Time and again I am filled with wonder when people unexpectedly speak of this great king. The region of the Kolli hills, its foothills, Rasipuram and its surrounding regions were once part of the kingdom of king Valvil Ori who ruled from Kollihills around the 2nd century AD.in the Sangam era. That people speak the name of this king with love and quiet pride now, almost 2000 years later is amazing and touching at the same time!
The temple is believed to be built by kuru nila mannargal, the kings who ruled over small regions in Tamilnadu.
In a distant past the place where the temple now exists used to be a forest of thorny sangu-mul plants. People rarely came here except for cow-herds who brought their cows to graze. One day a cow-herd noticed a cow shed all its milk in a particular spot. This happened every day and the cow-herd told the villagers about the cow’s strange behavior. The villagers set forth to clear the area of thorny bushes as they searched for the reason behind the cow’s unusual behavior. Someone’s axe or sickle hit something hard and blood spurted all over the place. The frightened people discovered a suyambu lingam in the undergrowth, named it as Sevvantheeswarar because it was red with blood and started worshipping it.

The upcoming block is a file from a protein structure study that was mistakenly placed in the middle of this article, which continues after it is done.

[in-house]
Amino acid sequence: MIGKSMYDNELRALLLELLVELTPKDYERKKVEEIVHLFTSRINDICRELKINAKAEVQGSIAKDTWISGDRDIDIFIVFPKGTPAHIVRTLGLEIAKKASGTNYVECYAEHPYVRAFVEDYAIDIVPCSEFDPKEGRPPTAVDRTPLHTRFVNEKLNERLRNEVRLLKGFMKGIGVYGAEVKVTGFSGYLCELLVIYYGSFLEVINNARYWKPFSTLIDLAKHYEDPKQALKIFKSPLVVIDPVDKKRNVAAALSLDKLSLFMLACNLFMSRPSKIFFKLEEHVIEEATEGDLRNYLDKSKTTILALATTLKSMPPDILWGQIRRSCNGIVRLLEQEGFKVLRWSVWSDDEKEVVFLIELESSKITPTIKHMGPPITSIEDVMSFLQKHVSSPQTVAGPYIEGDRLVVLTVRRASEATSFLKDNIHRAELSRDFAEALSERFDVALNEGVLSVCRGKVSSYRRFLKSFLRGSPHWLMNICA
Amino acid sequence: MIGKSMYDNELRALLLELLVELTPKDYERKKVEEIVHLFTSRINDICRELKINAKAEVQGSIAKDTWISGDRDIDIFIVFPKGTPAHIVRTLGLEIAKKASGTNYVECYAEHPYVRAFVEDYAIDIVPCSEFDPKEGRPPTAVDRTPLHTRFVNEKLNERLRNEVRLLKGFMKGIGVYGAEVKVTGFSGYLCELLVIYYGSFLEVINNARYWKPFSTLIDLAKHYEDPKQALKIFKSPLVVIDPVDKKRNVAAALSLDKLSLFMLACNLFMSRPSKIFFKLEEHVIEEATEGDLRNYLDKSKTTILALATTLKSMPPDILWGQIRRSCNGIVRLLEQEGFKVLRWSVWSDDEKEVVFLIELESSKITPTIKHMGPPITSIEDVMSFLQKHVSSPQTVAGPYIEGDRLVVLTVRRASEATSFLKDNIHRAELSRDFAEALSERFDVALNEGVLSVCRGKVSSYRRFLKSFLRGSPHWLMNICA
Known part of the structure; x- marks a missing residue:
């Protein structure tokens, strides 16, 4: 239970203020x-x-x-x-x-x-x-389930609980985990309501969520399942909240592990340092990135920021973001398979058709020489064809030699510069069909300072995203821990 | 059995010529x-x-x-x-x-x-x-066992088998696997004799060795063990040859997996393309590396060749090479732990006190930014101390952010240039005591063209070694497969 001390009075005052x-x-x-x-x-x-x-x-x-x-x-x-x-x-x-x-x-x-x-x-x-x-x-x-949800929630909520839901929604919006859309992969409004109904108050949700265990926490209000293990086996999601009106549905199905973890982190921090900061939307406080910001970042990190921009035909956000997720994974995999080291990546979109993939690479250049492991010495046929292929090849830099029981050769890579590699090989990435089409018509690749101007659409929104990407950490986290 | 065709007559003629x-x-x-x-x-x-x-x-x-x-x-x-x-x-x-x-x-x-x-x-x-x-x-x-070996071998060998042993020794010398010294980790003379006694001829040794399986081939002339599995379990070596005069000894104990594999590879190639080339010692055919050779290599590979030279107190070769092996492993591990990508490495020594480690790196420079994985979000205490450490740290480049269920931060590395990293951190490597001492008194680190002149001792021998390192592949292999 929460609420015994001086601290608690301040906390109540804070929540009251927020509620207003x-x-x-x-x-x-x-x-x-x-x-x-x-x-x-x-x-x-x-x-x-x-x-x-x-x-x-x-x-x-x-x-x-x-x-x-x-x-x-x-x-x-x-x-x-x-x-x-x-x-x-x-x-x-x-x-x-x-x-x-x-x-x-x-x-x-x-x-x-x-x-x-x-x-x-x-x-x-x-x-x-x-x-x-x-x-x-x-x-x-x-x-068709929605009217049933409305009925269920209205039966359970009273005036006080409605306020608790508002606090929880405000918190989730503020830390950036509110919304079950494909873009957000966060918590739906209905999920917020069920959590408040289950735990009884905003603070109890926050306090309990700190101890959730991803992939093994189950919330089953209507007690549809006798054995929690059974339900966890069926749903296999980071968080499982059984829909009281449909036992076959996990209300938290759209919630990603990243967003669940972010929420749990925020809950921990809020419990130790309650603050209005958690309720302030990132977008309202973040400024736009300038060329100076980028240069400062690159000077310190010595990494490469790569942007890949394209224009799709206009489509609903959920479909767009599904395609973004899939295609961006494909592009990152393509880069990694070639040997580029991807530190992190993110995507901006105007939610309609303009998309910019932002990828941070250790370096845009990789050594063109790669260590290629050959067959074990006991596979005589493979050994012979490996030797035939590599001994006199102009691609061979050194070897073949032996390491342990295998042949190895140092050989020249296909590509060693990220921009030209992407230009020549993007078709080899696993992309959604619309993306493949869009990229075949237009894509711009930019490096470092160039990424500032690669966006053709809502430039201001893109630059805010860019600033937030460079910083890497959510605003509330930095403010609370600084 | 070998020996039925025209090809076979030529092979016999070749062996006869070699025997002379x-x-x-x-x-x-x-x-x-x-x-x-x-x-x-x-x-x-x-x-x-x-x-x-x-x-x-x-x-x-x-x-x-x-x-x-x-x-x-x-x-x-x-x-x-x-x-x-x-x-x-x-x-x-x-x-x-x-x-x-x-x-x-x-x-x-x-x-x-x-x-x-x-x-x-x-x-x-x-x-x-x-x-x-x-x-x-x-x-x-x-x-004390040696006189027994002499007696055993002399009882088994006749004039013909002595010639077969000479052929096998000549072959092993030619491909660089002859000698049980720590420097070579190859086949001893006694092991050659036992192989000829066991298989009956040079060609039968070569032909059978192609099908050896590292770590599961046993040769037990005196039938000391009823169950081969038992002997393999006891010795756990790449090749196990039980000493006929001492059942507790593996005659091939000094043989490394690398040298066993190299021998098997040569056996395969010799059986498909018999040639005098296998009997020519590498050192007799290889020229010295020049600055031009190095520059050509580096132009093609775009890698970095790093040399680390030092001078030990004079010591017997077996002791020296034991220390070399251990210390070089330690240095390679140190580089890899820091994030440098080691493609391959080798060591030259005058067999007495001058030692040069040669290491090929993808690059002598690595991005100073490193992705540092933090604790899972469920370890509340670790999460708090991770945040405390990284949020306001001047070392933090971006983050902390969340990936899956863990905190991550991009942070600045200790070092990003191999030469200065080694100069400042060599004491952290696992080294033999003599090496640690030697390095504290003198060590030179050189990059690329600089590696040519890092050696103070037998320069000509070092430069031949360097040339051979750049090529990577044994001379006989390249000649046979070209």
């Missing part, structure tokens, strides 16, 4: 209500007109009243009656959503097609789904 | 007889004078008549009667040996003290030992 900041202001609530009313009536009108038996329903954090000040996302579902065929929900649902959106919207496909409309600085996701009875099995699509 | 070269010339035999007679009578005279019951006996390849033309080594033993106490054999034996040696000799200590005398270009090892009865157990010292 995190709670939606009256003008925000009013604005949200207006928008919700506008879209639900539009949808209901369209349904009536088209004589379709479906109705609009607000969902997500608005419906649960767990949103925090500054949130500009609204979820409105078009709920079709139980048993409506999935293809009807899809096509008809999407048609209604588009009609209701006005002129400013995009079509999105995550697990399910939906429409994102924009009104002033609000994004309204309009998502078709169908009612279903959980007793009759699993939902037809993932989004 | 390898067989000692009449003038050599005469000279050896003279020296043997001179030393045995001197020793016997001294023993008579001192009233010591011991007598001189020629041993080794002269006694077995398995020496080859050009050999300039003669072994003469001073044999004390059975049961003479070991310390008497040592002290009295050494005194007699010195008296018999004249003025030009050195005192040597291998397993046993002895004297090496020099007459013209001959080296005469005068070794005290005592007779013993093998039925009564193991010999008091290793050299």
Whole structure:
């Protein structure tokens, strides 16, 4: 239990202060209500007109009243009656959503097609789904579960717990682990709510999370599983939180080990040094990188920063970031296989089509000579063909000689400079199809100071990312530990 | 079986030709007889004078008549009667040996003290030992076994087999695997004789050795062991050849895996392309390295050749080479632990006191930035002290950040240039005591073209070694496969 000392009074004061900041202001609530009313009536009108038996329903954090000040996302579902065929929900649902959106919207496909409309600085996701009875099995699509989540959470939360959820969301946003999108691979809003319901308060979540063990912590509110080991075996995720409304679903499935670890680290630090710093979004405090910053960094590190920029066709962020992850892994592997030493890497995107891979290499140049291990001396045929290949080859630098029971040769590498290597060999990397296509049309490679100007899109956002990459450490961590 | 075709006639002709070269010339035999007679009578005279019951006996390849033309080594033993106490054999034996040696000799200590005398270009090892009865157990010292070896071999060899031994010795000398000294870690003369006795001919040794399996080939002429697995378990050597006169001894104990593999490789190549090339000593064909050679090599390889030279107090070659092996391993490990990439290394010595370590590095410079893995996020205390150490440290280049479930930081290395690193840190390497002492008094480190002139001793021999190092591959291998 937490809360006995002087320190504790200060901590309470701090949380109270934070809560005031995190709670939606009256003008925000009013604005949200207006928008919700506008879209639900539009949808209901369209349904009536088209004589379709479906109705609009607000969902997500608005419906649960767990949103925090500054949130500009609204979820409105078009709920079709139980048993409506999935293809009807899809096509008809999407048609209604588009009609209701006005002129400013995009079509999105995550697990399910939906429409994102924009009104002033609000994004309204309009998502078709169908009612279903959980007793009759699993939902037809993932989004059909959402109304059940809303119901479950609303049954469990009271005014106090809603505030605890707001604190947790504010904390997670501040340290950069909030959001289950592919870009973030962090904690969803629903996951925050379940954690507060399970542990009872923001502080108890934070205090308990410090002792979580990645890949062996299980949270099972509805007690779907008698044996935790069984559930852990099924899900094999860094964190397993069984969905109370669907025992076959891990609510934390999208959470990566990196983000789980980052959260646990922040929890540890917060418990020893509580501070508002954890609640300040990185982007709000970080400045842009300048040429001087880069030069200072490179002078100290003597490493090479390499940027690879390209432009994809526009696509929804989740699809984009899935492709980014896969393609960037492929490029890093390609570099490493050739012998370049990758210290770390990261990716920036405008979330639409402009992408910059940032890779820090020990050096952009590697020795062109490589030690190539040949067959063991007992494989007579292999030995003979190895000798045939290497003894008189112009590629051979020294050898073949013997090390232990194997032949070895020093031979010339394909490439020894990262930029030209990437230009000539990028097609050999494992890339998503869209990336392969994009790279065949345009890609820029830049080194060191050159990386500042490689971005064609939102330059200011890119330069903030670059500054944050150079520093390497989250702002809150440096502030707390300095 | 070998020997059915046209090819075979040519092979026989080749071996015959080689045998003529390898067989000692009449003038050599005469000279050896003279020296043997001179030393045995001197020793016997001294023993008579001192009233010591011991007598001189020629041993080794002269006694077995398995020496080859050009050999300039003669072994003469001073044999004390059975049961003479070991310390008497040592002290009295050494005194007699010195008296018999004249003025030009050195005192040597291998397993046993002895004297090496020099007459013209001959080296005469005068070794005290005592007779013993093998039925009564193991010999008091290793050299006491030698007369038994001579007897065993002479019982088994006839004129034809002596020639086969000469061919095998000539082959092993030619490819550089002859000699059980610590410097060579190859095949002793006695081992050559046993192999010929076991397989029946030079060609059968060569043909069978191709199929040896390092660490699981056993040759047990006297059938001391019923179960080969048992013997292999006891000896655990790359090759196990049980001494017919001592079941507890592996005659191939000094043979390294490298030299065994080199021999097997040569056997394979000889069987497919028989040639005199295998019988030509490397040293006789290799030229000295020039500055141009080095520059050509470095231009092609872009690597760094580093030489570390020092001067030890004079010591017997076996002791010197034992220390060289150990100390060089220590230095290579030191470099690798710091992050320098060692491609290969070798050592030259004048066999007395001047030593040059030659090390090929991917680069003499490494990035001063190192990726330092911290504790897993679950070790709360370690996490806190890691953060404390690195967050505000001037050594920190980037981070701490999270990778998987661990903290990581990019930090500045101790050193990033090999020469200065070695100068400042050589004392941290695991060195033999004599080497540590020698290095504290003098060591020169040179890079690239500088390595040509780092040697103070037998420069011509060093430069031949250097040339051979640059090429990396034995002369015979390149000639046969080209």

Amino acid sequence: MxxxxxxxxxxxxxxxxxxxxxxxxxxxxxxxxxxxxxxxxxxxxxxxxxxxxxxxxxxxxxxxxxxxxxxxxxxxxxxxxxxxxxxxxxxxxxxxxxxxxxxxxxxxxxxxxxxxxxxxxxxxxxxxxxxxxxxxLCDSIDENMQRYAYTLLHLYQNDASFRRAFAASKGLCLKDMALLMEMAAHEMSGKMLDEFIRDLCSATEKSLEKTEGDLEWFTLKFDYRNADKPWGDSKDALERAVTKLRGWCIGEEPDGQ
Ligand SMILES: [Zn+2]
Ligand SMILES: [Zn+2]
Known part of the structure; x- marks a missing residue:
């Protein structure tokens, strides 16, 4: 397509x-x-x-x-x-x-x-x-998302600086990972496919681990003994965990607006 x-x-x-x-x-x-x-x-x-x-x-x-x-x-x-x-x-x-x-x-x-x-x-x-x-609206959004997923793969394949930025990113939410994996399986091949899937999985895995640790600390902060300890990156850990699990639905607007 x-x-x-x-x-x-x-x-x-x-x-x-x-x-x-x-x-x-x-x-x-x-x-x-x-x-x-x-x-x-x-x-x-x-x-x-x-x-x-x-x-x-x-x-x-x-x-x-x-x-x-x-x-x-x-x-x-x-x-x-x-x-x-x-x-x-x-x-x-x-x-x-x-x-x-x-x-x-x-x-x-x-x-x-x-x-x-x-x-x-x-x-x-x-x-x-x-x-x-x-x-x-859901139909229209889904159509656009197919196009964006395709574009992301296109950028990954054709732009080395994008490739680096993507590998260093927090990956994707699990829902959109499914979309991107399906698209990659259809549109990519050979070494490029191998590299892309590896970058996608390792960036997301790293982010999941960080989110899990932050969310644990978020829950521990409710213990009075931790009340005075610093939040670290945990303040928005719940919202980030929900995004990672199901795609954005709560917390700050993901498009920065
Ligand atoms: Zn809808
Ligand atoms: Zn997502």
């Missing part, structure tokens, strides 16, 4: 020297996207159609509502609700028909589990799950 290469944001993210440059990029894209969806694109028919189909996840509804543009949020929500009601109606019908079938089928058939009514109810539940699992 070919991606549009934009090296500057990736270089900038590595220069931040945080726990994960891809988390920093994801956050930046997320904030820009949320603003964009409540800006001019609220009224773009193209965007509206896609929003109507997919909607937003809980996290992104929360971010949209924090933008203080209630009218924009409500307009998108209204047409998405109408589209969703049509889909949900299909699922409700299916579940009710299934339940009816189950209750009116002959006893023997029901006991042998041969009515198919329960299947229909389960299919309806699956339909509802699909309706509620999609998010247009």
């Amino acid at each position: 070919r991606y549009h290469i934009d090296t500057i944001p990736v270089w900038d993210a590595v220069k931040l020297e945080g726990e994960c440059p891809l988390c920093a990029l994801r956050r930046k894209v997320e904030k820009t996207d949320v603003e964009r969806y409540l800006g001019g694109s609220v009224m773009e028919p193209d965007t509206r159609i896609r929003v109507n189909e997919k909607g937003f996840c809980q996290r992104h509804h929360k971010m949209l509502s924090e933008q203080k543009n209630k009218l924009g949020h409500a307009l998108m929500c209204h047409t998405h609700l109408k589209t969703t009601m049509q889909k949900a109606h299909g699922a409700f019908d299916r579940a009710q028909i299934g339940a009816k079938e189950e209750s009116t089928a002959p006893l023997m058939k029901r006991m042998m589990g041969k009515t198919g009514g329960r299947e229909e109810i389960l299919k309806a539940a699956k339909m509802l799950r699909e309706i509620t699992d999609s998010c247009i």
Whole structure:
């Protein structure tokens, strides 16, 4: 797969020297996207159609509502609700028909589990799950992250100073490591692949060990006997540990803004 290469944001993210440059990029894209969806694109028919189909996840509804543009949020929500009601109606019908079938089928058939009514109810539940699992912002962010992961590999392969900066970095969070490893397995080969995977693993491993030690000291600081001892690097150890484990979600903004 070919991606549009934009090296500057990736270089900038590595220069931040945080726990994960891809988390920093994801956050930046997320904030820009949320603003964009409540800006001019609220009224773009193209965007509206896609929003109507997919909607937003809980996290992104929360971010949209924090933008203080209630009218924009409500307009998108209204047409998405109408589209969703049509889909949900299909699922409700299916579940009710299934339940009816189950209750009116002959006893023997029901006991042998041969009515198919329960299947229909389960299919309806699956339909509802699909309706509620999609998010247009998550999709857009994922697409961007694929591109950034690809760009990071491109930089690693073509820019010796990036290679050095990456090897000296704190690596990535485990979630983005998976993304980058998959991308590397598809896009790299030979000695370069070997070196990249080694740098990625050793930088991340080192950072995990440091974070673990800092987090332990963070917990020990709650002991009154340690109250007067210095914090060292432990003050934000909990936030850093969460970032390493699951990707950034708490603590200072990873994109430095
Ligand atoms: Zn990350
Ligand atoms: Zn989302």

Another story goes that once a man was travelling with his pregnant wife in the region when his wife went into labour. The couple cried out for help. Lord Siva appeared as a woman and helped to deliver the child and from then Sevvantheeswarar was also called as Mathru Bhoodheshwarar.
Similarities with Thayumanavar temple, Trichirapalli
Mathrubhoodeshwarar is also the name of Lord Siva in the famous Thayumanavar temple in rock-fort(malai-kottai), Trichy.
Incidentally, Thayumanavar was also called as Sevvanthinathar because sage Saaramamunivar worshipped Him with Sevvanthi flowers.
In both temples, ambal has the name of Sughandha Kundhalambigai in Sanskrit and Matuvar kuzhal ammai in Tamil.
Even the name Seerappalli is reminiscent of Sirapalli, the ancient name of Tiruchirapalli.